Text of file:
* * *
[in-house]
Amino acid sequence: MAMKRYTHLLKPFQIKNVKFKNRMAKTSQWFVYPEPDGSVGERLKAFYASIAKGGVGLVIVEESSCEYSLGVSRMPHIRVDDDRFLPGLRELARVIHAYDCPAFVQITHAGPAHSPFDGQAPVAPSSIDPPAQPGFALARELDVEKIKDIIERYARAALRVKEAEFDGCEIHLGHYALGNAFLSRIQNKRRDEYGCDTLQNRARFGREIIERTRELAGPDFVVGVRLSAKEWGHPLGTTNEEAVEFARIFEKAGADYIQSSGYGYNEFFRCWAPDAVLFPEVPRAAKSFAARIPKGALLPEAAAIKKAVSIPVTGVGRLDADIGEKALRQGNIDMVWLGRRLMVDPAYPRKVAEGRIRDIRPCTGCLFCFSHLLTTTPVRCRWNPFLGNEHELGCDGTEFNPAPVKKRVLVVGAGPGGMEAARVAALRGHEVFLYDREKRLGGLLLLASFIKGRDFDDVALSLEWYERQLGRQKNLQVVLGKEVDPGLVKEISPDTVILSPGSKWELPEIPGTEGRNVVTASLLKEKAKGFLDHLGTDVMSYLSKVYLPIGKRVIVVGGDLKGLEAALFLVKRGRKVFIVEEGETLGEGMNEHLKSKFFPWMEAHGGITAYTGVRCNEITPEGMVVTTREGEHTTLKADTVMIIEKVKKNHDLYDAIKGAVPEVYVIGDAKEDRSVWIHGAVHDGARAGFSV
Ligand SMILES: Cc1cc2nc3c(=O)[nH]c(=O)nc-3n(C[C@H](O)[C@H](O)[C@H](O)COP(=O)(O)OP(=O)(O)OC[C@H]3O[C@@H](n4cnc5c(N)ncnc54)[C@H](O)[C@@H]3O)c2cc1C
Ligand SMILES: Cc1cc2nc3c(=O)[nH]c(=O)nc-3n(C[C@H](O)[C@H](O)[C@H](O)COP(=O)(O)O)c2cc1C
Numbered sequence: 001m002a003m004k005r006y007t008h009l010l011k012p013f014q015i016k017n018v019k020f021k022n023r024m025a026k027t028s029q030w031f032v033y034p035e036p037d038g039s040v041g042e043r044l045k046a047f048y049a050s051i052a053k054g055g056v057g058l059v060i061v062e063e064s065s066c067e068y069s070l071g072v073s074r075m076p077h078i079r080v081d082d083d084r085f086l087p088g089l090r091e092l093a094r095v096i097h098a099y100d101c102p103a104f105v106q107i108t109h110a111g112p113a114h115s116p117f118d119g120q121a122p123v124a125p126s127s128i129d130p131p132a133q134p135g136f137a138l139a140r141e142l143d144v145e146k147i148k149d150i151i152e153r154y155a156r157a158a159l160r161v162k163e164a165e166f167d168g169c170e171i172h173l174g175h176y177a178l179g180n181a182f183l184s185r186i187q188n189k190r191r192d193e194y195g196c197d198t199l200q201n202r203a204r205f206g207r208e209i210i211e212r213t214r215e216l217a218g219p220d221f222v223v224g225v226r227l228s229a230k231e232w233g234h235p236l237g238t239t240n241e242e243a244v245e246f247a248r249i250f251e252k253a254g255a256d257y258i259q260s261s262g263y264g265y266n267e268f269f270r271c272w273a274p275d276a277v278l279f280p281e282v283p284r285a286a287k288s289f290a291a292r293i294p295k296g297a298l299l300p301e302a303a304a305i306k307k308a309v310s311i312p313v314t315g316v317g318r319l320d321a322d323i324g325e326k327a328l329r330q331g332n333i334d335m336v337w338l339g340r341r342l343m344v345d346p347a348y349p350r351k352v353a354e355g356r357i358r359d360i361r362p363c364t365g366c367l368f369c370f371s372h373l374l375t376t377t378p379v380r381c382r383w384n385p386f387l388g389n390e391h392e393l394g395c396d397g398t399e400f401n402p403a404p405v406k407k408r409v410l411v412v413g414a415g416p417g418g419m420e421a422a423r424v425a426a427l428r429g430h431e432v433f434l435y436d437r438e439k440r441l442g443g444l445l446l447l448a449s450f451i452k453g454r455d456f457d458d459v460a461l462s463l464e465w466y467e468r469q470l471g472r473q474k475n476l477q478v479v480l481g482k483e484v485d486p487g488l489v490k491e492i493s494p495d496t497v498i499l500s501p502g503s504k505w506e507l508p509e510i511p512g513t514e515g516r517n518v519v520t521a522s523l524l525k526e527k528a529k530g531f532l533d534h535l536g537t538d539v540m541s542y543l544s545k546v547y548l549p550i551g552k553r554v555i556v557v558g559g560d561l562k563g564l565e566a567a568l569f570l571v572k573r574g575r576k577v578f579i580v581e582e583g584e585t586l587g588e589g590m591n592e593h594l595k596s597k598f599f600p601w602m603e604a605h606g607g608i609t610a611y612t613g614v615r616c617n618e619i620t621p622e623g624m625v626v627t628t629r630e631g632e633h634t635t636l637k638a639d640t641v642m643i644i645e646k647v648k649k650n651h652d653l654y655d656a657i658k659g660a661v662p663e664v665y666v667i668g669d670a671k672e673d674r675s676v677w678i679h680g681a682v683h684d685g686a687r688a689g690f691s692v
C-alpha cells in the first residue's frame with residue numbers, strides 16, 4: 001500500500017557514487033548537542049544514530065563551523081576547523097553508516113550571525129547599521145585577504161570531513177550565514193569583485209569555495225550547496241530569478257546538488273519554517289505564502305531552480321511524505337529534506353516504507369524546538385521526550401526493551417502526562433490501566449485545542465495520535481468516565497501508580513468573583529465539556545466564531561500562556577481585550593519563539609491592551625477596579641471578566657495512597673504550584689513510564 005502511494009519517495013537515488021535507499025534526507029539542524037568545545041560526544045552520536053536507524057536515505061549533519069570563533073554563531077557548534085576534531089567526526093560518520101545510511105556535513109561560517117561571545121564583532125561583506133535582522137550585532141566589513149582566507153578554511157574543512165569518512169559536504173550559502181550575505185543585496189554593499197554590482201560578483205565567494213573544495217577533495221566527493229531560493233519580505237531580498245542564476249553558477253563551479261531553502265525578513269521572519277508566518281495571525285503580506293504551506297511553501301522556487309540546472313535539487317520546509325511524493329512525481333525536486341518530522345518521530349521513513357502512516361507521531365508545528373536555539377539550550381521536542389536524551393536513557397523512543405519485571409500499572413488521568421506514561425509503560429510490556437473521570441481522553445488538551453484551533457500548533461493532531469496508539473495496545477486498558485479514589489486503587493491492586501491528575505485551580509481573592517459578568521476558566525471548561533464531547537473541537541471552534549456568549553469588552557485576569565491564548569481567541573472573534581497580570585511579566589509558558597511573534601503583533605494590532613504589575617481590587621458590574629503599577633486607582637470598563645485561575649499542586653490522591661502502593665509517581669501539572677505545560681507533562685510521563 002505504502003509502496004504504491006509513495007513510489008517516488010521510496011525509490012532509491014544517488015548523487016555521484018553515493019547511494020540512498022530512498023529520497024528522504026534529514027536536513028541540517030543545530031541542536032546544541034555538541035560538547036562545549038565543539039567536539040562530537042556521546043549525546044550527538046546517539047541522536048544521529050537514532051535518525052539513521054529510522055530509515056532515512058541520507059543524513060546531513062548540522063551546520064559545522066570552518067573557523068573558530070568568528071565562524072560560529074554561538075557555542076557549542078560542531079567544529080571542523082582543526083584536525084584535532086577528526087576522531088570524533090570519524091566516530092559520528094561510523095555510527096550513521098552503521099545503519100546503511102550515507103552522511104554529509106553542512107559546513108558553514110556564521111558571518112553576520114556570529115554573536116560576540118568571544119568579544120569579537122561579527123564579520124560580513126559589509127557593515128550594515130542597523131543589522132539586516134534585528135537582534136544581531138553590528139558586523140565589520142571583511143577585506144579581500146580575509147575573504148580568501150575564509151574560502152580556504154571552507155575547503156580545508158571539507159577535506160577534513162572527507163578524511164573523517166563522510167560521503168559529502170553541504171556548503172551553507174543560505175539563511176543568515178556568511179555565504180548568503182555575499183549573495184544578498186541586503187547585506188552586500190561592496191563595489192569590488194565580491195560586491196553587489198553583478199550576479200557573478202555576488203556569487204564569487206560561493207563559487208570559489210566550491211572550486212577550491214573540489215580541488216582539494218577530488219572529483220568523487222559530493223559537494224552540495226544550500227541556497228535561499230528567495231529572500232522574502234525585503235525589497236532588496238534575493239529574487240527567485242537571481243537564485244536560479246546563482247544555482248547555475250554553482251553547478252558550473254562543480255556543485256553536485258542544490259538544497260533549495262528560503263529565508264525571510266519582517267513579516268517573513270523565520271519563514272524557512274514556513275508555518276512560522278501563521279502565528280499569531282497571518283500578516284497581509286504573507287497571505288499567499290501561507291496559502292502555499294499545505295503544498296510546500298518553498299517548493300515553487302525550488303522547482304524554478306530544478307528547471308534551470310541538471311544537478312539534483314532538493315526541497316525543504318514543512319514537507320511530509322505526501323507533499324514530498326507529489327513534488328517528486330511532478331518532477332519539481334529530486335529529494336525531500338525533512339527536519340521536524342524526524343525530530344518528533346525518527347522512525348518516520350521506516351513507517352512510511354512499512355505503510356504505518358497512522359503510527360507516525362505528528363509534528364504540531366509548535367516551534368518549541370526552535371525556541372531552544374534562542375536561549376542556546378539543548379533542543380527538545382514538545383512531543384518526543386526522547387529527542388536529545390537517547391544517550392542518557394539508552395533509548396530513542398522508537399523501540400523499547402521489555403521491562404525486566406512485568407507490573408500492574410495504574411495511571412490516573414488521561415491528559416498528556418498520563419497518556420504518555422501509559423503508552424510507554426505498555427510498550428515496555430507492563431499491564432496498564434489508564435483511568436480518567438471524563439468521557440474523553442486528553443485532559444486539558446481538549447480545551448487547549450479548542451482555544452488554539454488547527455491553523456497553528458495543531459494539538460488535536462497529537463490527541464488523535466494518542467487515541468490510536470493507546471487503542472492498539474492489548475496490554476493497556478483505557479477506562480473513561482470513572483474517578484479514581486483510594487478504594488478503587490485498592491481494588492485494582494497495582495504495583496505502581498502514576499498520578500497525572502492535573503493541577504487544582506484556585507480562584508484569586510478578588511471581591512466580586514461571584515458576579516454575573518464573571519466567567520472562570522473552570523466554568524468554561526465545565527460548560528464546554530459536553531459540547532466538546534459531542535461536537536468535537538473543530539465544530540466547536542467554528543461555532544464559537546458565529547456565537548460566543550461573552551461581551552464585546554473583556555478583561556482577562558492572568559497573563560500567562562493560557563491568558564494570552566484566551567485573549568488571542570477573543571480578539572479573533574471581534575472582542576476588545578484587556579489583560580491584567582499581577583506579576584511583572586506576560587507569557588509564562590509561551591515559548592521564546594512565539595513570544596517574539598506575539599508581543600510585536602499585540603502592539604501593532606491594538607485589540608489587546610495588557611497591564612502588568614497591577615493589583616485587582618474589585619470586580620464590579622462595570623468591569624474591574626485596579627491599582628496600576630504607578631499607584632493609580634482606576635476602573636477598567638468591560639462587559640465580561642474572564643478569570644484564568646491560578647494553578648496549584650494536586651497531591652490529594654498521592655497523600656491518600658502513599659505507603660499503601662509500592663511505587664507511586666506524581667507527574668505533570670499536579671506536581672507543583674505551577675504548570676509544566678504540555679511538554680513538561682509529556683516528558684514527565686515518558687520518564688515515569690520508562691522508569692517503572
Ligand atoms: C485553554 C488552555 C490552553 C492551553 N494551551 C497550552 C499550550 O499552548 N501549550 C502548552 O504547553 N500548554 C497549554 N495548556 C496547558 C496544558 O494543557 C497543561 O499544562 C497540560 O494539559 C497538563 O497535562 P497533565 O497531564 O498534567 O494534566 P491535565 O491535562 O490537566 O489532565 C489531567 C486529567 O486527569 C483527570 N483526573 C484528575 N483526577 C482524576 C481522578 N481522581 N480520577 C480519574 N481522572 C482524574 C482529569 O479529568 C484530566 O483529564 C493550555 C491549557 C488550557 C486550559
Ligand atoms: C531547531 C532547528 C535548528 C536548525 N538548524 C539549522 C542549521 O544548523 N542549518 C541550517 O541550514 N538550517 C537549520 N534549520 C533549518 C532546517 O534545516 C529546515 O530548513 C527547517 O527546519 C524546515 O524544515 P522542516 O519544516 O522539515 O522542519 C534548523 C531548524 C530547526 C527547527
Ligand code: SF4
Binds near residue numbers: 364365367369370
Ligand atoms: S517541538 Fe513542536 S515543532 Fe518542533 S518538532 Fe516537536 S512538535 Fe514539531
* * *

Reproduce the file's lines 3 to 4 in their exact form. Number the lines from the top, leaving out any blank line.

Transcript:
Ligand SMILES: Cc1cc2nc3c(=O)[nH]c(=O)nc-3n(C[C@H](O)[C@H](O)[C@H](O)COP(=O)(O)OP(=O)(O)OC[C@H]3O[C@@H](n4cnc5c(N)ncnc54)[C@H](O)[C@@H]3O)c2cc1C
Ligand SMILES: Cc1cc2nc3c(=O)[nH]c(=O)nc-3n(C[C@H](O)[C@H](O)[C@H](O)COP(=O)(O)O)c2cc1C